It was evident in Tourism Australia’s questionable decision to release an ad in the middle of a national emergency and for the Tourism Minister to defend this by saying, “ Whilst bushfires continue to impact parts of Australia, many areas of the country are unaffected.” Despite fires raging across Kangaroo Island, the Mayor was still telling potential visitors that it was open for business — until two people were tragically killed while trying to flee.
It is nonsense to act as though this is happening in an isolated part of the country, while several states have had to declare a state of emergency simultaneously. The word “unprecedented” is thrown around a lot. Every Australian has been impacted — and there will be an enormous amount of trauma to contend with, as well as the physical damage.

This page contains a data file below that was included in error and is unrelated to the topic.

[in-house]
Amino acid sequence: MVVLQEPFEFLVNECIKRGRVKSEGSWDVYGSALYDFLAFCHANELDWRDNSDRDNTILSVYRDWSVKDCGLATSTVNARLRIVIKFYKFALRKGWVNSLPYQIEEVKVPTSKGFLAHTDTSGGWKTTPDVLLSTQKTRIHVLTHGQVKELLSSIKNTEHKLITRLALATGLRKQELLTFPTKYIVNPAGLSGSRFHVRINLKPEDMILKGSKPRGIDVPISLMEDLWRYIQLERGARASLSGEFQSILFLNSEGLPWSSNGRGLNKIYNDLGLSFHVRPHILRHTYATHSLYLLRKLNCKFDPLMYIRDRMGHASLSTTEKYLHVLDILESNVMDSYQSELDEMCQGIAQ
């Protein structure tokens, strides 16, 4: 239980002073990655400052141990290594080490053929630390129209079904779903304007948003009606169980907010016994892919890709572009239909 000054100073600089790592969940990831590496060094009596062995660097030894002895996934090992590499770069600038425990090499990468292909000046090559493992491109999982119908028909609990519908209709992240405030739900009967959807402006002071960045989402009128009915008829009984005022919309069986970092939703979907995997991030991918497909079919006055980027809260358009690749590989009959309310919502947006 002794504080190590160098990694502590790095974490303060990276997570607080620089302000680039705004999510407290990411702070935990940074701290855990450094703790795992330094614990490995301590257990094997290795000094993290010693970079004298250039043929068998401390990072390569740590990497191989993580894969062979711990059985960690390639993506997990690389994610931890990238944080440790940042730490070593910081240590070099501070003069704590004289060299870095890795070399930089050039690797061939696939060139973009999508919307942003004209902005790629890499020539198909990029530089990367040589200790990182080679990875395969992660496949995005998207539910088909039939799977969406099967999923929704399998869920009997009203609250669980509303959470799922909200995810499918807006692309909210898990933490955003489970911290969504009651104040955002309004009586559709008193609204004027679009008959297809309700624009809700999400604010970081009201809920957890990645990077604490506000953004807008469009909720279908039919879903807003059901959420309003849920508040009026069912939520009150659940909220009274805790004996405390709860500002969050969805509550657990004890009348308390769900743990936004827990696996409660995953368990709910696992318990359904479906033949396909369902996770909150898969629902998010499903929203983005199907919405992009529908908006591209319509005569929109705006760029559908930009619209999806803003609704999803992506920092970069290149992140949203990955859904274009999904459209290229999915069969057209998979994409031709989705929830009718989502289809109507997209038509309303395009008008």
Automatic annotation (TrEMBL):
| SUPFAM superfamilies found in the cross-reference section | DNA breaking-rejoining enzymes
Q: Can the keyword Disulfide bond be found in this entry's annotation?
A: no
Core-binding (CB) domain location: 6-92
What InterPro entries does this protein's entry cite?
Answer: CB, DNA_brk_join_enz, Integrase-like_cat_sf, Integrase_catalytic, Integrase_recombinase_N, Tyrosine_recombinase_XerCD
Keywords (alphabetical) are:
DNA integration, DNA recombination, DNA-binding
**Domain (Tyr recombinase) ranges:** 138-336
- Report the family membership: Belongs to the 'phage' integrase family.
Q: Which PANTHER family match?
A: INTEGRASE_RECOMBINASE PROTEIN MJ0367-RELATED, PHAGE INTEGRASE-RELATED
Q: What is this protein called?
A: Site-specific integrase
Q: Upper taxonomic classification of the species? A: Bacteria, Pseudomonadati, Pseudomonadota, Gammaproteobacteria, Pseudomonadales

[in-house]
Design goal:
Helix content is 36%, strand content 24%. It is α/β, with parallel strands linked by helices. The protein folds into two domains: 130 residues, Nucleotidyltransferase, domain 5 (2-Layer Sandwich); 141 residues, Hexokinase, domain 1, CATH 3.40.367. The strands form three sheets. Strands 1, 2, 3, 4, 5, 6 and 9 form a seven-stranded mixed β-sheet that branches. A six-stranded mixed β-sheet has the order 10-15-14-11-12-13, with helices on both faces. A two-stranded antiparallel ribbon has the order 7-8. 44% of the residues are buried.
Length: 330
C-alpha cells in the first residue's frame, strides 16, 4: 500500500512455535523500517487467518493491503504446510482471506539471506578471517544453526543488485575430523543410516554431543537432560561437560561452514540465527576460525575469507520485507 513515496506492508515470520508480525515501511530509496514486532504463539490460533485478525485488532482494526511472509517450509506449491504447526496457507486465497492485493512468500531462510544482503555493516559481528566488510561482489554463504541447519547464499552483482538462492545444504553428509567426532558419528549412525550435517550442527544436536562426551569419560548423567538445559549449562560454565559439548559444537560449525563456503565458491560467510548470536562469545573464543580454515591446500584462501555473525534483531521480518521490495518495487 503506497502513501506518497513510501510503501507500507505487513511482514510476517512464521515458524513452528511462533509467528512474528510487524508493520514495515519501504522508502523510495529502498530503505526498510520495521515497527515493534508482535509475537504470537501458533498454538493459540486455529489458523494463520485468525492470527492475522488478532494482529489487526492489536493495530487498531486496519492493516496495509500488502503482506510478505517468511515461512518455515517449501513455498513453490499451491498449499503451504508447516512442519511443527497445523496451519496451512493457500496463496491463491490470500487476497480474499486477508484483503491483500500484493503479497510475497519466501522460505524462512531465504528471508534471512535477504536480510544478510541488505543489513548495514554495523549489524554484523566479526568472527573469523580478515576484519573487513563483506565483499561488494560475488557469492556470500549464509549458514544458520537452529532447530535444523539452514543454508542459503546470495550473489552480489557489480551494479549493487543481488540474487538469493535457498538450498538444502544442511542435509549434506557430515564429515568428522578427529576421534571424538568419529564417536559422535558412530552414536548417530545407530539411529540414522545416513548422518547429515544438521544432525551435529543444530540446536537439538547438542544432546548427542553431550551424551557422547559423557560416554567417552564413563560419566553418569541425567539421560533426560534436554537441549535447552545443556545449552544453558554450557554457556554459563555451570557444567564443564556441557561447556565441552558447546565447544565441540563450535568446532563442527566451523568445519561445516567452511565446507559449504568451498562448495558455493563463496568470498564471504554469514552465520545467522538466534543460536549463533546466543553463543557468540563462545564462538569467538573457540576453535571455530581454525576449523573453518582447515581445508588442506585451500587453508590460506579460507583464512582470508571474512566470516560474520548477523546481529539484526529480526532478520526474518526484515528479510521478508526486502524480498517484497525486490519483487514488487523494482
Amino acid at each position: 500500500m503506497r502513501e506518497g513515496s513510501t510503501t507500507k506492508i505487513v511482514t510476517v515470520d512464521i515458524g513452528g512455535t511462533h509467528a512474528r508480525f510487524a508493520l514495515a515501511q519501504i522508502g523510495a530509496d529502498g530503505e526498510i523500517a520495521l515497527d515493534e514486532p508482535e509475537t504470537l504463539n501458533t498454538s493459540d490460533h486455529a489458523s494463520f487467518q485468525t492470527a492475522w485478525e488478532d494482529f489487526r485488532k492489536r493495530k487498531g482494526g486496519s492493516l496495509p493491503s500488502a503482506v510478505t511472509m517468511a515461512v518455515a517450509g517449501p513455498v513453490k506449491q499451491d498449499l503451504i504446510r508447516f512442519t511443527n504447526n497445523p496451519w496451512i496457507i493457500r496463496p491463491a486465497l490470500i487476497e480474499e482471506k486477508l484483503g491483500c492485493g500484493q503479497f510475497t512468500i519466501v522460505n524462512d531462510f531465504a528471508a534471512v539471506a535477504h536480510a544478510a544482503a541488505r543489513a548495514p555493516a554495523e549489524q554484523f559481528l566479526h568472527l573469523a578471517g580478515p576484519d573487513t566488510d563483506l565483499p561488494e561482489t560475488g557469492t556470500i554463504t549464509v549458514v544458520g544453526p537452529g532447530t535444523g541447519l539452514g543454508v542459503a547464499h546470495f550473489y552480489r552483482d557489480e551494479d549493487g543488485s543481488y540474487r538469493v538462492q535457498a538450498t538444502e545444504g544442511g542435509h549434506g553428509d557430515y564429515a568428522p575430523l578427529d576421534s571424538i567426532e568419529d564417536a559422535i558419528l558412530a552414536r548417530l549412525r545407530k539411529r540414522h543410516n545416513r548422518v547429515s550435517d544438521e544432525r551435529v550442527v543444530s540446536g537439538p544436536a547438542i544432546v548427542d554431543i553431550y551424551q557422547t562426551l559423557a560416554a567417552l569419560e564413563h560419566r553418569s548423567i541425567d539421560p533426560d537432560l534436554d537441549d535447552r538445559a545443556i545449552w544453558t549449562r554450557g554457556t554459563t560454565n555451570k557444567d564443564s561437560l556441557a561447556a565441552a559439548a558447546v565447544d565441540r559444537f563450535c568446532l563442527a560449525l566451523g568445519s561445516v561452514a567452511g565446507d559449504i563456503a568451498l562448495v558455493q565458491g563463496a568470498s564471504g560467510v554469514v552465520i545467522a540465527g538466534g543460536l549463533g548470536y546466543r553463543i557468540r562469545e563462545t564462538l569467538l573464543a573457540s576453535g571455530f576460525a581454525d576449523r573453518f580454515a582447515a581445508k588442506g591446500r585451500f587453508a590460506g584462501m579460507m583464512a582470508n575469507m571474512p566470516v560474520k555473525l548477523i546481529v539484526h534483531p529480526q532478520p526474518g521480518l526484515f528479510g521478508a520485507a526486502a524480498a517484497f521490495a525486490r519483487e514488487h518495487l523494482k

A friend who had an AirBnB booked on the South Coast messaged the host in concern after Christmas and was told there was nothing to worry about. As a result, she travelled down south with her family along with thousands of other holidaymakers — and ended up trapped in a fire zone. Later she would tell me that people were swimming on the beach even as flames licked the horizon.
If we are continually told to carry on as if this is normal, then that is what we will do — until we suddenly end up with a situation where tens of thousands of people need to be evacuated on a single day in the largest operation on Australian soil in peacetime.